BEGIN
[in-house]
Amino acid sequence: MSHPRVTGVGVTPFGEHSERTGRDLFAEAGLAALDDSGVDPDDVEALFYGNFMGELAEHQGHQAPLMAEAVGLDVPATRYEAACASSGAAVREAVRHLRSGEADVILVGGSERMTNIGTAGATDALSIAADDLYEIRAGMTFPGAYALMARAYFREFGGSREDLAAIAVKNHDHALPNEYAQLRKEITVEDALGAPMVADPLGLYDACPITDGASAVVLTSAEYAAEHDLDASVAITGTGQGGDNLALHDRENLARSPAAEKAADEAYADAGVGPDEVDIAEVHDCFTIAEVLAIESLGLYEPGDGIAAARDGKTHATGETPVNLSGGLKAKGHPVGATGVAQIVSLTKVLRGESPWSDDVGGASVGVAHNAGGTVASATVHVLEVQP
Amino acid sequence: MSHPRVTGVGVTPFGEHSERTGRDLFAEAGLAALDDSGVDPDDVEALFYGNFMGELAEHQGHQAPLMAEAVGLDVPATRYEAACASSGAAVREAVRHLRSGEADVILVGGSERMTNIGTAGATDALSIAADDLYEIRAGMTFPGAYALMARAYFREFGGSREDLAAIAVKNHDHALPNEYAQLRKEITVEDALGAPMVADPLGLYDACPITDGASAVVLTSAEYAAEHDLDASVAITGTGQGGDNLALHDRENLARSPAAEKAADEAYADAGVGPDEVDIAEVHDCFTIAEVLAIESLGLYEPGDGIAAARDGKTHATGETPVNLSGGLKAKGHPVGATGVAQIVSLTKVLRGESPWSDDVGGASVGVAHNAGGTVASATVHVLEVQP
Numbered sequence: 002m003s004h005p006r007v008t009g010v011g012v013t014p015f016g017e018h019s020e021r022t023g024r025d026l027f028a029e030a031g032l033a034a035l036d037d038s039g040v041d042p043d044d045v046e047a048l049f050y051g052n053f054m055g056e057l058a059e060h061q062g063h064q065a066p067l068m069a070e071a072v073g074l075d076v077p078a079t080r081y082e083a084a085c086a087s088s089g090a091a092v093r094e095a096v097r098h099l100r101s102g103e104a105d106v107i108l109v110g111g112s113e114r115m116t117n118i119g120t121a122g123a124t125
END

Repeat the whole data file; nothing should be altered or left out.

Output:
[in-house]
Amino acid sequence: MSHPRVTGVGVTPFGEHSERTGRDLFAEAGLAALDDSGVDPDDVEALFYGNFMGELAEHQGHQAPLMAEAVGLDVPATRYEAACASSGAAVREAVRHLRSGEADVILVGGSERMTNIGTAGATDALSIAADDLYEIRAGMTFPGAYALMARAYFREFGGSREDLAAIAVKNHDHALPNEYAQLRKEITVEDALGAPMVADPLGLYDACPITDGASAVVLTSAEYAAEHDLDASVAITGTGQGGDNLALHDRENLARSPAAEKAADEAYADAGVGPDEVDIAEVHDCFTIAEVLAIESLGLYEPGDGIAAARDGKTHATGETPVNLSGGLKAKGHPVGATGVAQIVSLTKVLRGESPWSDDVGGASVGVAHNAGGTVASATVHVLEVQP
Amino acid sequence: MSHPRVTGVGVTPFGEHSERTGRDLFAEAGLAALDDSGVDPDDVEALFYGNFMGELAEHQGHQAPLMAEAVGLDVPATRYEAACASSGAAVREAVRHLRSGEADVILVGGSERMTNIGTAGATDALSIAADDLYEIRAGMTFPGAYALMARAYFREFGGSREDLAAIAVKNHDHALPNEYAQLRKEITVEDALGAPMVADPLGLYDACPITDGASAVVLTSAEYAAEHDLDASVAITGTGQGGDNLALHDRENLARSPAAEKAADEAYADAGVGPDEVDIAEVHDCFTIAEVLAIESLGLYEPGDGIAAARDGKTHATGETPVNLSGGLKAKGHPVGATGVAQIVSLTKVLRGESPWSDDVGGASVGVAHNAGGTVASATVHVLEVQP
Numbered sequence: 002m003s004h005p006r007v008t009g010v011g012v013t014p015f016g017e018h019s020e021r022t023g024r025d026l027f028a029e030a031g032l033a034a035l036d037d038s039g040v041d042p043d044d045v046e047a048l049f050y051g052n053f054m055g056e057l058a059e060h061q062g063h064q065a066p067l068m069a070e071a072v073g074l075d076v077p078a079t080r081y082e083a084a085c086a087s088s089g090a091a092v093r094e095a096v097r098h099l100r101s102g103e104a105d106v107i108l109v110g111g112s113e114r115m116t117n118i119g120t121a122g123a124t125